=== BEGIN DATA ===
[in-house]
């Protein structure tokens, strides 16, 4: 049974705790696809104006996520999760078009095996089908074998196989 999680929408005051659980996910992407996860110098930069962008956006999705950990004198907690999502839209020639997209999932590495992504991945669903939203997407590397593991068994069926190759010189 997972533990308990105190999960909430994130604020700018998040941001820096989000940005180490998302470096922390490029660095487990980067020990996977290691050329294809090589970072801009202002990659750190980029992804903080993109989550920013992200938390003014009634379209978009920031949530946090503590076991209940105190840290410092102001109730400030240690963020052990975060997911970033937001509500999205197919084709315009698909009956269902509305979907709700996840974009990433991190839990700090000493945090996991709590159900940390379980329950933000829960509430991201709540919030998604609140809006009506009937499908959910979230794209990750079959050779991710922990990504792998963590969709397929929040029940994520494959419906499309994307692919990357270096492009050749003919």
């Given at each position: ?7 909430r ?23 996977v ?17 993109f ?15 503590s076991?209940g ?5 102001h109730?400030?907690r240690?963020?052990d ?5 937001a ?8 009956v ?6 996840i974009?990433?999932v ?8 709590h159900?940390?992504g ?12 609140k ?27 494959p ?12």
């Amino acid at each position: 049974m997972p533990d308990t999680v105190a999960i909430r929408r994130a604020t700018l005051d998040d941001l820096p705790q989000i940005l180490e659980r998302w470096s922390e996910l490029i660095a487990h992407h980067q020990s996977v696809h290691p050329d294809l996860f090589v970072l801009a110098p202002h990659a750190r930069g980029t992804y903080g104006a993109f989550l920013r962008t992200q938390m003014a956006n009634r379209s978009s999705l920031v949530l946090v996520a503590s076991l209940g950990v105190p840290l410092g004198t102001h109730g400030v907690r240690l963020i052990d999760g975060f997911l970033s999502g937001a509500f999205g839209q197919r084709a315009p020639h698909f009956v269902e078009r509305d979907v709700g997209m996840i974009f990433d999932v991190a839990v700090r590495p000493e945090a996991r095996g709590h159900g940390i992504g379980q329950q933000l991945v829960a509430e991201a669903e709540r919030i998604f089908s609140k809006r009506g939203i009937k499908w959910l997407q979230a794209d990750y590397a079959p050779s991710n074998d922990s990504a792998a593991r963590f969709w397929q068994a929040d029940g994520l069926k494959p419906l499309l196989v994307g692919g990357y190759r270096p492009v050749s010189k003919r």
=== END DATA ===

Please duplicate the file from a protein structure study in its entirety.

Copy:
[in-house]
């Protein structure tokens, strides 16, 4: 049974705790696809104006996520999760078009095996089908074998196989 999680929408005051659980996910992407996860110098930069962008956006999705950990004198907690999502839209020639997209999932590495992504991945669903939203997407590397593991068994069926190759010189 997972533990308990105190999960909430994130604020700018998040941001820096989000940005180490998302470096922390490029660095487990980067020990996977290691050329294809090589970072801009202002990659750190980029992804903080993109989550920013992200938390003014009634379209978009920031949530946090503590076991209940105190840290410092102001109730400030240690963020052990975060997911970033937001509500999205197919084709315009698909009956269902509305979907709700996840974009990433991190839990700090000493945090996991709590159900940390379980329950933000829960509430991201709540919030998604609140809006009506009937499908959910979230794209990750079959050779991710922990990504792998963590969709397929929040029940994520494959419906499309994307692919990357270096492009050749003919």
């Given at each position: ?7 909430r ?23 996977v ?17 993109f ?15 503590s076991?209940g ?5 102001h109730?400030?907690r240690?963020?052990d ?5 937001a ?8 009956v ?6 996840i974009?990433?999932v ?8 709590h159900?940390?992504g ?12 609140k ?27 494959p ?12």
């Amino acid at each position: 049974m997972p533990d308990t999680v105190a999960i909430r929408r994130a604020t700018l005051d998040d941001l820096p705790q989000i940005l180490e659980r998302w470096s922390e996910l490029i660095a487990h992407h980067q020990s996977v696809h290691p050329d294809l996860f090589v970072l801009a110098p202002h990659a750190r930069g980029t992804y903080g104006a993109f989550l920013r962008t992200q938390m003014a956006n009634r379209s978009s999705l920031v949530l946090v996520a503590s076991l209940g950990v105190p840290l410092g004198t102001h109730g400030v907690r240690l963020i052990d999760g975060f997911l970033s999502g937001a509500f999205g839209q197919r084709a315009p020639h698909f009956v269902e078009r509305d979907v709700g997209m996840i974009f990433d999932v991190a839990v700090r590495p000493e945090a996991r095996g709590h159900g940390i992504g379980q329950q933000l991945v829960a509430e991201a669903e709540r919030i998604f089908s609140k809006r009506g939203i009937k499908w959910l997407q979230a794209d990750y590397a079959p050779s991710n074998d922990s990504a792998a593991r963590f969709w397929q068994a929040d029940g994520l069926k494959p419906l499309l196989v994307g692919g990357y190759r270096p492009v050749s010189k003919r």